Clinical Trial Results: Patients with Leukemia Show High Remission Rates after Immunotherapy

Published on 
October 16, 2014

Image: T cells in the blood

B-cell acute lymphoblastic leukemia (B-ALL) is the most common childhood cancer, affecting over 6,000 kids and young adults each year. Approximately 90% of B-ALL patients will achieve remission through traditional treatments, such as chemotherapy and radiation. However, the majority of patients who relapse or do not respond to standard therapies die from their leukemia. In cases such as these, researchers are turning to immunotherapy, where they can “train” the body’s own immune system to attack the invading cancer cells. A recent early-phase clinical trial has shown that patients with chemotherapy-resistant B-ALL experienced high remission rates following treatment with experimental immunotherapy. The corresponding results were published on October 13 in Lancet.

“This represents a powerful new approach to treat chemotherapy-resistant ALL. The complete remission rates on this trial were significantly higher than we have seen with other new therapies tested in this population,” says Alan Wayne, MD, director of the Children’s Center for Cancer and Blood Diseases at Children’s Hospital Los Angeles. Wayne headed the study during his position as clinical director of the Pediatric Oncology branch of the National Cancer Institute at the National Institutes of Health (NIH).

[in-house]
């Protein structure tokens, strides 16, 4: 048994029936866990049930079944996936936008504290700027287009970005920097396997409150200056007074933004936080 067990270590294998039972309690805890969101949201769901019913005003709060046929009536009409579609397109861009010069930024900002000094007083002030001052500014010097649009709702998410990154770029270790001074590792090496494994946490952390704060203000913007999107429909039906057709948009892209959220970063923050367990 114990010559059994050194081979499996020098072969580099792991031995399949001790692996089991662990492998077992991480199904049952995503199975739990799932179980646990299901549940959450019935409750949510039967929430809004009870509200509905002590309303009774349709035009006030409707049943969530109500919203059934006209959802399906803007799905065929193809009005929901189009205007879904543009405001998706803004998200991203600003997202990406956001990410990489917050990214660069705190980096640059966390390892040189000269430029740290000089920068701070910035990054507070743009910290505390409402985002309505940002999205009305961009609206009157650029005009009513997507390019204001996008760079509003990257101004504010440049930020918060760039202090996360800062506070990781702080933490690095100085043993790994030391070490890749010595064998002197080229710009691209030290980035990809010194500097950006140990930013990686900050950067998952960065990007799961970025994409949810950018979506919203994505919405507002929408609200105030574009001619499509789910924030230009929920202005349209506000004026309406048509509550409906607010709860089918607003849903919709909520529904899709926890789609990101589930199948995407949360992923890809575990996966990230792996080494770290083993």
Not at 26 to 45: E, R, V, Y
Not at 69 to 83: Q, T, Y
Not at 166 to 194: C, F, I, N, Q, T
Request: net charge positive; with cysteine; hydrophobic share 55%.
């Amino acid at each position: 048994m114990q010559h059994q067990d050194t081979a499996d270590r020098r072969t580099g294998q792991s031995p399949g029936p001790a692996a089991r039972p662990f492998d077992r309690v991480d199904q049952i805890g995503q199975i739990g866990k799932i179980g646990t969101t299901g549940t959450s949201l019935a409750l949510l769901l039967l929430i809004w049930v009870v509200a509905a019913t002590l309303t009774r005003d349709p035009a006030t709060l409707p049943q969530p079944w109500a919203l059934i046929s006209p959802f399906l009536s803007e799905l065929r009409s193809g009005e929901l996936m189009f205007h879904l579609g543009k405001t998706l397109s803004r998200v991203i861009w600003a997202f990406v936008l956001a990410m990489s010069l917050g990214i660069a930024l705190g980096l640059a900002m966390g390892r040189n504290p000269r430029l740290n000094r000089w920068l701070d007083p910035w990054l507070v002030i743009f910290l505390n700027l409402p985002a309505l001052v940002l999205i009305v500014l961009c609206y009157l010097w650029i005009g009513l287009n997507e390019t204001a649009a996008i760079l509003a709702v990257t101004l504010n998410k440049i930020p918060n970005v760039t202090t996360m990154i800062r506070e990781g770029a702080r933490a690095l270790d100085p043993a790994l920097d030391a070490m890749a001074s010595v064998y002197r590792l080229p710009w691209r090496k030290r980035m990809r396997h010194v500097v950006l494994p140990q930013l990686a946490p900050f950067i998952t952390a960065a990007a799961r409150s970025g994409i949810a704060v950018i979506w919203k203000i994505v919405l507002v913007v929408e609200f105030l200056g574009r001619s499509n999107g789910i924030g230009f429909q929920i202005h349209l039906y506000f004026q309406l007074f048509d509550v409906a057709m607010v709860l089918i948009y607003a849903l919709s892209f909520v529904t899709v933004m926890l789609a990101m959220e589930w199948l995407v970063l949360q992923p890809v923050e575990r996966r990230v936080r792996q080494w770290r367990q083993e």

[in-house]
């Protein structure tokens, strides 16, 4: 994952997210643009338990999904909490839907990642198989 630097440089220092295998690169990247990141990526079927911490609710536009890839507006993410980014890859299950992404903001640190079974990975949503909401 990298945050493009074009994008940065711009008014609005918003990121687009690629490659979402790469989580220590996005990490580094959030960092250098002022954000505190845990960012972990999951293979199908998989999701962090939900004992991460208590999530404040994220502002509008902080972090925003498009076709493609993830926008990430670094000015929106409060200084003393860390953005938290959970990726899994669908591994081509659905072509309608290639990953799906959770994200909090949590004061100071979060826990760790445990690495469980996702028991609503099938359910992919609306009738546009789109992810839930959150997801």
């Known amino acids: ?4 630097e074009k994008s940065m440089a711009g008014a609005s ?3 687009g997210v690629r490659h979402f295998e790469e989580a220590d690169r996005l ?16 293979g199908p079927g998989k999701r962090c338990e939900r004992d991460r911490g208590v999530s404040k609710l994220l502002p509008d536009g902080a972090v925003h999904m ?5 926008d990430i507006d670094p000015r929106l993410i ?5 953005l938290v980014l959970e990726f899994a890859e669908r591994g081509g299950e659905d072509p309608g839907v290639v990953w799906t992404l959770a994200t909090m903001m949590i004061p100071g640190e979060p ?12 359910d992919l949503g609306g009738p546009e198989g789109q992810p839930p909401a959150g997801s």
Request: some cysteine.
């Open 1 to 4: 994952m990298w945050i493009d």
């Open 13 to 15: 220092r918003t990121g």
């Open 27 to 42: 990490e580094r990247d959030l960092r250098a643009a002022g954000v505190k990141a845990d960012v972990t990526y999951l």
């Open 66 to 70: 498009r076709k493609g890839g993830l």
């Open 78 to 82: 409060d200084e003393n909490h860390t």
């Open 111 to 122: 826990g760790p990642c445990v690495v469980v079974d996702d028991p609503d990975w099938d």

In this trial, investigators reprogrammed the patient’s own T cells to recognize and kill any cell with a specific protein, CD19, on its surface. CD19 is found on almost all B cells (both normal and cancerous), making it an ideal target for B-ALL immunotherapy.

Researchers also found a way to collect, modify, and grow the modified T cells in only 11 days—a crucial accomplishment since the health of patients with B-ALL can deteriorate rapidly. Investigators then went on to observe the study participants and assess the feasibility of this specific immunotherapy, determine its toxicity, and define the highest dose of the modified T cells that patients could tolerate.

Between July 2012 and June 2014, 21 patients (aged 1 to 30) who did not respond to standard chemotherapy were enrolled in the trial and infused with the modified T cells. A complete remission was observed in 14 out of the 21 patients, and 12 patients had absolutely no detectable evidence of leukemia upon completion of the tested immunotherapy.